In total, Griffin rushed for 5,589 yards on 924 in all four seasons with the Buckeyes. Back then, it was an NCAA record (1972-1975). He also scored 26 touchdowns and 6,559 all-purpose yards.
Position: Quarterback (QB)
University of Nebraska
Tommie Frazier was the pride of the University of Nebraska as a quarterback. He led his team to win consecutive national championships in 1994-1995, one of the five quarterbacks to successfully do so since the 50s: Jerry Tagge of Nebraska, Steve Davis of Oklahoma, Matt Leinart of US, and AJ McCarron of Alabama.
He was one of the five players to score consecutive national championships that included zero ties or losses. He was named MVP for leading his team to three national championships—the only known player to ever accomplish such a feat. During his stint as a quarterback, the Nebraska football team was one of the most dominant teams in college football history in the US.
Position: Defensive End (DE)
University of Pittsburgh
Hugh Green was the University of Pittsburgh Panthers‘ defensive end player when he played from 1977 to 1980. Back then, he was part of a team that included future NFL players Rickey Jackson (defensive end), Russ Grimm (center), and Dan Marino (quarterback). Green was a 3-time consensus first-team All-American (1978-1980), and a second-team All-American selection in 1977.
In his four years at the Pittsburgh Panthers, he compiled a 39-8-1 record. He won three bowl games as well (one Fiesta Bowl and two Gator Bowls). By the time he left the university, Green had recorded 460 tackles and 53 career sacks during his college career.
In 1996, Green was named the 5th greatest college football player of all time. He was also awarded the College Football Hall of Fame award in that same year. ESPN ranked Green on the 14th spot of their Top 25 Players in College Football History in 2007.
Position: Running Back (RB)
Oklahoma State Cowboys
Oklahoma State University
Born July 16, 1968, Sanders is a professional football player for the Detroit Lions of the National Football League. During his college years, he was a star player on the Oklahoma State University Cowboys football team. As a junior back then in 1988, he compiled what is dubbed as one of the best individual seasons in the college’s history, rushing 2,850 yards and 42 touchdowns in 12 games.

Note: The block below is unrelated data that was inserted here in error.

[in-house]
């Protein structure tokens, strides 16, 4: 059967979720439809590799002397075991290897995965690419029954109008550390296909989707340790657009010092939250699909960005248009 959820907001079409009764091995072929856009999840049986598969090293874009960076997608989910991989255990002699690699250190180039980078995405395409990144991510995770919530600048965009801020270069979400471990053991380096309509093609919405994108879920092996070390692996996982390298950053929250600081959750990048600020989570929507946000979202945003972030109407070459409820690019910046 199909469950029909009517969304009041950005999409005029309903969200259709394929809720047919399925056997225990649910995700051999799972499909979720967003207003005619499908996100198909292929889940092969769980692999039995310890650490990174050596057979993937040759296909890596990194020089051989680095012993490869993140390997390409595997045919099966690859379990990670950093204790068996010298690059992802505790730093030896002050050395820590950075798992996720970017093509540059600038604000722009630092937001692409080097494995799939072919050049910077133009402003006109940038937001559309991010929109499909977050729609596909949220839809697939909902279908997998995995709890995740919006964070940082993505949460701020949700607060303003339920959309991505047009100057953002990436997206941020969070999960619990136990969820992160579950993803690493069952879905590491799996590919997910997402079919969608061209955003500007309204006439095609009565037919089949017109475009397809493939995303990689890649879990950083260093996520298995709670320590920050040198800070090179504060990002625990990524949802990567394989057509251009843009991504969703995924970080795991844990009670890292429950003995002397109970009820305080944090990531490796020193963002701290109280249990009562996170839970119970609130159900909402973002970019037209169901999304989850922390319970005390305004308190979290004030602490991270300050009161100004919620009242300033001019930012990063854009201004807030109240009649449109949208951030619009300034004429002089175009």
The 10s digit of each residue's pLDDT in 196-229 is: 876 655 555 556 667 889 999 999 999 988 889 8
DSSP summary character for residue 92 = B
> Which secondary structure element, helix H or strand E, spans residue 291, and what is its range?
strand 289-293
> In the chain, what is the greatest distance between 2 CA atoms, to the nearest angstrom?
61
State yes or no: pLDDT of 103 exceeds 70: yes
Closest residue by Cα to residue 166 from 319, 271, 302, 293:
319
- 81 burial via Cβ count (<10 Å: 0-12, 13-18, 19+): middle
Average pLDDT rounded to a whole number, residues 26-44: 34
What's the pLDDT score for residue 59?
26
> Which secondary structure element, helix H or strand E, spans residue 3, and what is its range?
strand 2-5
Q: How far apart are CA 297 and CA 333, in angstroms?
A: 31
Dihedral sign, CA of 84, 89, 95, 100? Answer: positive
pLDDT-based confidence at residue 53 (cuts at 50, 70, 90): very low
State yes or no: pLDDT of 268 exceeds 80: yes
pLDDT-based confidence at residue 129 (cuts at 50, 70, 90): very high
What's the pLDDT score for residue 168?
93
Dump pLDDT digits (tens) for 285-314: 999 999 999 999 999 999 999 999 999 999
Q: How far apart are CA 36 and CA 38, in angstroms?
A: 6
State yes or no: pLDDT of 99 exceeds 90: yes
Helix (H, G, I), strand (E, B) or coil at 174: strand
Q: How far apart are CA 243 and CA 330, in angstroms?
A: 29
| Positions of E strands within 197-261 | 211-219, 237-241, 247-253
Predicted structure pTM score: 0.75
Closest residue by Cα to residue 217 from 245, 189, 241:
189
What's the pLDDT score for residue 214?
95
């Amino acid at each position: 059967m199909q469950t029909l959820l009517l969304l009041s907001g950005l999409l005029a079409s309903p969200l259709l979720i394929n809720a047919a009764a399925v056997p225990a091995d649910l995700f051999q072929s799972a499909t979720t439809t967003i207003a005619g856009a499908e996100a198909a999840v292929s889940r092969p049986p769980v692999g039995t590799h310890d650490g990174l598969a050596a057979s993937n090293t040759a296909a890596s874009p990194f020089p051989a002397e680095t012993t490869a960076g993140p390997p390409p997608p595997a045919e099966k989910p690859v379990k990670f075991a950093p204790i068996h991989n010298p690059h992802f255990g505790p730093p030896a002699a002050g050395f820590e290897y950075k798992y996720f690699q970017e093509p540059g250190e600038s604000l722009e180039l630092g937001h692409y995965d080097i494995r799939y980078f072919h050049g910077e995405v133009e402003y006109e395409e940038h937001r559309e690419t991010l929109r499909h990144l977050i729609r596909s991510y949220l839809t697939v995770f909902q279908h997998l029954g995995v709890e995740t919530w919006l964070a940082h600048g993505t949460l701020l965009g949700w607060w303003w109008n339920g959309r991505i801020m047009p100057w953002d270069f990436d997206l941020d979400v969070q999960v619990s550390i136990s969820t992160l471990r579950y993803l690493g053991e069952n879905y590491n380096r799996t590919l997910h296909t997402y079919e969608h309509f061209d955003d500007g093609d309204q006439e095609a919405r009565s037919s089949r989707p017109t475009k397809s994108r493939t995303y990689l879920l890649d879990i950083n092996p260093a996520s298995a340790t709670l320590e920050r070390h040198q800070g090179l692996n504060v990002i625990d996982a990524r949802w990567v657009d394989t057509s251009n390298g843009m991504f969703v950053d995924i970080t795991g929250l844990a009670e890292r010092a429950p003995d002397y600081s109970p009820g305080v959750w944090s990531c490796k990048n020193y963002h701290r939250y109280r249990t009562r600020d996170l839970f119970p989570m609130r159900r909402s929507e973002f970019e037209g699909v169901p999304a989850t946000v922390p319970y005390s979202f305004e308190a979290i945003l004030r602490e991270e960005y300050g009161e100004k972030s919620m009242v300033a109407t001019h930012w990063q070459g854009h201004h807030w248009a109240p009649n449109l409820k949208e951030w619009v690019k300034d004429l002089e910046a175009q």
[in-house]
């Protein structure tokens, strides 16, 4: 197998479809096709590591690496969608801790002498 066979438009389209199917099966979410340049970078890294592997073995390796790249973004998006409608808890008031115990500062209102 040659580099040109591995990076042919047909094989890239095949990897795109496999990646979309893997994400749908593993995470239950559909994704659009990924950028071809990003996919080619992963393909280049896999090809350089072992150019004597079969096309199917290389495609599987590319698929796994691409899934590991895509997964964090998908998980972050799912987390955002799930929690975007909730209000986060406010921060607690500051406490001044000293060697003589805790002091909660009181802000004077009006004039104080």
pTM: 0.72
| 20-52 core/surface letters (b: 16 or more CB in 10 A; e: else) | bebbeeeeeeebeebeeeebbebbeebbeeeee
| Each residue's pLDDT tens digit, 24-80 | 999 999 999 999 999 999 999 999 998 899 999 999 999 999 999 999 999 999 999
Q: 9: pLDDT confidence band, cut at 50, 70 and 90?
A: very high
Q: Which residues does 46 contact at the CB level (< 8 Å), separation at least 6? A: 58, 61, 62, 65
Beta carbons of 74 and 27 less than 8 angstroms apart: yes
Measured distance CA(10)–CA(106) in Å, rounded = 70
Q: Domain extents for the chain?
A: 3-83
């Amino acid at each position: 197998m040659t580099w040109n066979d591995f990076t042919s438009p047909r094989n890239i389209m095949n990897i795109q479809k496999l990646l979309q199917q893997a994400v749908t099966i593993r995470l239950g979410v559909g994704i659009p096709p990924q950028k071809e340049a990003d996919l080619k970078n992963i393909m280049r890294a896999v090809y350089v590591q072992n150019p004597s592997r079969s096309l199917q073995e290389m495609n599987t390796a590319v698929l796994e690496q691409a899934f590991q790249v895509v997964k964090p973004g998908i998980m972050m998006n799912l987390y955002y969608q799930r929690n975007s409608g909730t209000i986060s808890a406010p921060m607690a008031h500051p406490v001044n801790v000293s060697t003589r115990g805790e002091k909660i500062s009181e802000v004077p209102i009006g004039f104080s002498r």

He earned the Heisman Trophy award for being the most outstanding college player in the nation. In 1998, he was inducted into the Kansas Sports Hall of Fame, then into the College Football Hall of Fame in 2003. In that same year, Sanders was inducted into the Michigan Sports Hall of Fame.
Position: Linebacker/Center (LB/C)
University of Illinois
Dick Butkus attended the University of Illinois and played as linebacker and center for the Illinois Fighting Illini football team from 1962-1964. During his first year, Butkus was named by the Associated Press as the third-term center to the 1962 All-Big Ten Conference football team and the United Press International’s second-team center.
Illinois defeated Washington in the 1964 Rose Bowl in an 8-1-1 record. His team awarded him the most valuable player award for the season and the Chicago Tribune Silver Football as the MVP of the Big ten. In 1963, he was unanimously chosen for the College Football All-America team.
In his senior year in 1963, Butkus became the co-captain of their team and George Donnelly. UPI chose him as Lineman of the Year in 1964 and the player of the year by the Sporting News and the American Football Coaches Association.